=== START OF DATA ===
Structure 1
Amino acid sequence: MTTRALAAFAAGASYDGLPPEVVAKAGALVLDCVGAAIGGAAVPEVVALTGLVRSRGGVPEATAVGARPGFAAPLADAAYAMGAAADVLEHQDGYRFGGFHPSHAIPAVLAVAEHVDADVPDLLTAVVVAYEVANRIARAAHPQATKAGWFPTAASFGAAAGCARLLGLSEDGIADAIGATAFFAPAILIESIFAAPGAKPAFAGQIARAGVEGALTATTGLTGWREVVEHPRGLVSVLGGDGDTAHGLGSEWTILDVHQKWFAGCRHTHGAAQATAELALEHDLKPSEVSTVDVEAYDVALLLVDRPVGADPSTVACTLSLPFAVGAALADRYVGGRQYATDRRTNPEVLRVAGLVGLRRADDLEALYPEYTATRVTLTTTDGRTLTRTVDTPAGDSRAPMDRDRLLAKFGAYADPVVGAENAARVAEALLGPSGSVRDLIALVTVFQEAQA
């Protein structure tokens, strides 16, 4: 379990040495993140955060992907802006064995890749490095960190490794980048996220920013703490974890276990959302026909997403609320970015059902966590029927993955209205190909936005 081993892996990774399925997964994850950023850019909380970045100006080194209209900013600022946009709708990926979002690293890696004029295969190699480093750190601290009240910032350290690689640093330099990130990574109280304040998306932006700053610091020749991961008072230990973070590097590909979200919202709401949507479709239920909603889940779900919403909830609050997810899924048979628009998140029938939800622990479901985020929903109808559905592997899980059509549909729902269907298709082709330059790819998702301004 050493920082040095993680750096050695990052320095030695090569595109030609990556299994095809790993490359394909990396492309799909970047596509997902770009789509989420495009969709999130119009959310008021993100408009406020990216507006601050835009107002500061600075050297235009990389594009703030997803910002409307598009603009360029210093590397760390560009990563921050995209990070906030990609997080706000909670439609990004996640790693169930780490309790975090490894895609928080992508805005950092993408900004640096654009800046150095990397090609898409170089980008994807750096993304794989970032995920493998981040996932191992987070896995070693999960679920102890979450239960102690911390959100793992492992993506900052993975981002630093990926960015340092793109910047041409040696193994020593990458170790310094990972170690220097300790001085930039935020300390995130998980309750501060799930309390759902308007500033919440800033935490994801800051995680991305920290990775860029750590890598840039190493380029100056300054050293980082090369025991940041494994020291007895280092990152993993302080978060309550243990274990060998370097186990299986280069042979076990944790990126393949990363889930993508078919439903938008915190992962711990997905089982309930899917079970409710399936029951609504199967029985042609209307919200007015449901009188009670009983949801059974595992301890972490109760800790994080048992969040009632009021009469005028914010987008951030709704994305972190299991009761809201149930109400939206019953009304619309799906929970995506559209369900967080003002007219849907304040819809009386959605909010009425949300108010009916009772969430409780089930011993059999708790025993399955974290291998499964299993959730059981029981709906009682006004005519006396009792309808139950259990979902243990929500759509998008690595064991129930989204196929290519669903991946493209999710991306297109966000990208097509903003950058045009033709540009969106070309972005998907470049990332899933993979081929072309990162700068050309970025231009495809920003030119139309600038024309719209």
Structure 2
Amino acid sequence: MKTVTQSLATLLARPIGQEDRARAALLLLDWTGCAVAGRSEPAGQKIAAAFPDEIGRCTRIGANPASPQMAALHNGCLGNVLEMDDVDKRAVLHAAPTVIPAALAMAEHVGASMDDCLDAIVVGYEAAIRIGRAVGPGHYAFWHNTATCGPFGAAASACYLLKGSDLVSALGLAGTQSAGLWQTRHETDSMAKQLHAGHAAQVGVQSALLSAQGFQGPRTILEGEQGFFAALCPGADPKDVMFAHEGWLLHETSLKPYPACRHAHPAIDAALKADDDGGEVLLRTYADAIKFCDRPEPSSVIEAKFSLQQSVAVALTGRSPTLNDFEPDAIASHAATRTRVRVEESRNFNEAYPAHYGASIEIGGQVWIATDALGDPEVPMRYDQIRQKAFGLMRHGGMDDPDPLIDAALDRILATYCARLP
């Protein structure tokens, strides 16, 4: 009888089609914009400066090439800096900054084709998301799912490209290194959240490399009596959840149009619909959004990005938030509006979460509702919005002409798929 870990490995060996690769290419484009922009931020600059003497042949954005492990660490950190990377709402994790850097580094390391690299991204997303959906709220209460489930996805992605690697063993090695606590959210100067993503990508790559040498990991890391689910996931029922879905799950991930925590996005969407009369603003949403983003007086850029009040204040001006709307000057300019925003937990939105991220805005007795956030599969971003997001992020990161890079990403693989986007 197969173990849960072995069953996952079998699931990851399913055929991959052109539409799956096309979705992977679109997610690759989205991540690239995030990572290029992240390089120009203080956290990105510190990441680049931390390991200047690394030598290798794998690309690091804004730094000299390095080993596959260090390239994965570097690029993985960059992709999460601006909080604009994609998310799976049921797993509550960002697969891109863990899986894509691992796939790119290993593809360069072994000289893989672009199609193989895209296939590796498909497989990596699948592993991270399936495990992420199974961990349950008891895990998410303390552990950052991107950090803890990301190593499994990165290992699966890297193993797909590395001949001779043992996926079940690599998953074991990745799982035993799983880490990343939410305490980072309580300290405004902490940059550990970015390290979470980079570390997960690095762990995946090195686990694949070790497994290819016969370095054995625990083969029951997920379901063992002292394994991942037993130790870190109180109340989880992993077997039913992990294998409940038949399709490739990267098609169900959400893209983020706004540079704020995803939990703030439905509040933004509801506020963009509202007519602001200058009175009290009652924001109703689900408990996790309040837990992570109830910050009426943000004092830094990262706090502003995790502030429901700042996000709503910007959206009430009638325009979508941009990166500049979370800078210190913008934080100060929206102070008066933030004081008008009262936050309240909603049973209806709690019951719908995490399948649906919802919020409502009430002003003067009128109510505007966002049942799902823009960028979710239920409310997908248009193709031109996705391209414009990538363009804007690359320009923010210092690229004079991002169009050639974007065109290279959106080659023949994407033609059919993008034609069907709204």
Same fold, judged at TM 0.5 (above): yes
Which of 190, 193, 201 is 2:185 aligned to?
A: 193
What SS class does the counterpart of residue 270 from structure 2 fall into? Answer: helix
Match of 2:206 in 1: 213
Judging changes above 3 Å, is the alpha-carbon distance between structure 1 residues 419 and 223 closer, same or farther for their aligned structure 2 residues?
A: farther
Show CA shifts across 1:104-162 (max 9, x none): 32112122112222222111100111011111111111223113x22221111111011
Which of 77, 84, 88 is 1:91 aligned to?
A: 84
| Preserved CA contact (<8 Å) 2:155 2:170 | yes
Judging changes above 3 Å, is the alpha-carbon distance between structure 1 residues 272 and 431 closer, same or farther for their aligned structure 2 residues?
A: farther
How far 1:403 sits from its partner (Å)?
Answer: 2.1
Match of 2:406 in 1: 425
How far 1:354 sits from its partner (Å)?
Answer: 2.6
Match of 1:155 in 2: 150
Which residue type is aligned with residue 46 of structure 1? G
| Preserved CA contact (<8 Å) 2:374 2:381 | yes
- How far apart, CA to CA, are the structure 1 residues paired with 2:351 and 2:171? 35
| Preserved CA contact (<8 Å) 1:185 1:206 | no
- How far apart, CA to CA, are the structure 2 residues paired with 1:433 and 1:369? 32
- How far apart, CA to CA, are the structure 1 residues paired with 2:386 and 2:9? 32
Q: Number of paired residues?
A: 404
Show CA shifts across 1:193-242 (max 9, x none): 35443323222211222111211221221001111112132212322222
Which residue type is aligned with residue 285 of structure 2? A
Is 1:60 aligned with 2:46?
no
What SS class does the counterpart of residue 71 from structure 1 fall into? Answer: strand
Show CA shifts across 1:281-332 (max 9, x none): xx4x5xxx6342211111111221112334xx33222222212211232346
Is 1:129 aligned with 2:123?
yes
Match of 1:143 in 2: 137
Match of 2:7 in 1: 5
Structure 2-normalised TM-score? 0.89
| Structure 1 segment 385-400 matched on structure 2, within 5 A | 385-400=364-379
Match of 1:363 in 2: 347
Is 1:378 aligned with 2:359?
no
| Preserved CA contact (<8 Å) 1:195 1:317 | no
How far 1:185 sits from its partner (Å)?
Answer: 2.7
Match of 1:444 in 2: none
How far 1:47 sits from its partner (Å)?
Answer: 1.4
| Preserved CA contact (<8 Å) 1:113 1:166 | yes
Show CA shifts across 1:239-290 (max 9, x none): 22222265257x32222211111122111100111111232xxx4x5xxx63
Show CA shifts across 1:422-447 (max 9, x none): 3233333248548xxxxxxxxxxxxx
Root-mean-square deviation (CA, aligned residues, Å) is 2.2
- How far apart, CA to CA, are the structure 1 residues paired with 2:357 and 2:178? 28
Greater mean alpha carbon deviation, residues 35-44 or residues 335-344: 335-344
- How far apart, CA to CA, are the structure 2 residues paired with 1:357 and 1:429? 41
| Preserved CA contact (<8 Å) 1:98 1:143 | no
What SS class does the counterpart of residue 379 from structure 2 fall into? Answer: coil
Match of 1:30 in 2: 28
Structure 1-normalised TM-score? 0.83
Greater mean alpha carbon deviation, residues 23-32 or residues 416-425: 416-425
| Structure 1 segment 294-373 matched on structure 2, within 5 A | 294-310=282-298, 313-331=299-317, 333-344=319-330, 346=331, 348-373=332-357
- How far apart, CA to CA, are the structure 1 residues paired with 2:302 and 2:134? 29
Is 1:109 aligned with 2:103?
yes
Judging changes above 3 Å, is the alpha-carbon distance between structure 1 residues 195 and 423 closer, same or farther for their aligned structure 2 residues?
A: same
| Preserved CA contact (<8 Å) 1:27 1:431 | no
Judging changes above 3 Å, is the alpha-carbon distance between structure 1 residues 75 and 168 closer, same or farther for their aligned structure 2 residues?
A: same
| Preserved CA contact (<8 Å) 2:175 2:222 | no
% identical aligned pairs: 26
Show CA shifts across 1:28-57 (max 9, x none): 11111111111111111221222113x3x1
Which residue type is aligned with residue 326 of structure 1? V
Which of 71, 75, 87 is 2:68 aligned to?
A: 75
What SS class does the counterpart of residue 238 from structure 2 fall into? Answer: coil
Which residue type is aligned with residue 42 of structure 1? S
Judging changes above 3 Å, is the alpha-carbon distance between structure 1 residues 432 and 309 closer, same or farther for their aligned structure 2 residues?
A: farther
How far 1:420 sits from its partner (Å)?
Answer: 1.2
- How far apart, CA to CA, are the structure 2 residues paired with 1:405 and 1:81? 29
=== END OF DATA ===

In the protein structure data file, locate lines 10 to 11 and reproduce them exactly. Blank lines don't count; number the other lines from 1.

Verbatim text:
What SS class does the counterpart of residue 270 from structure 2 fall into? Answer: helix
Match of 2:206 in 1: 213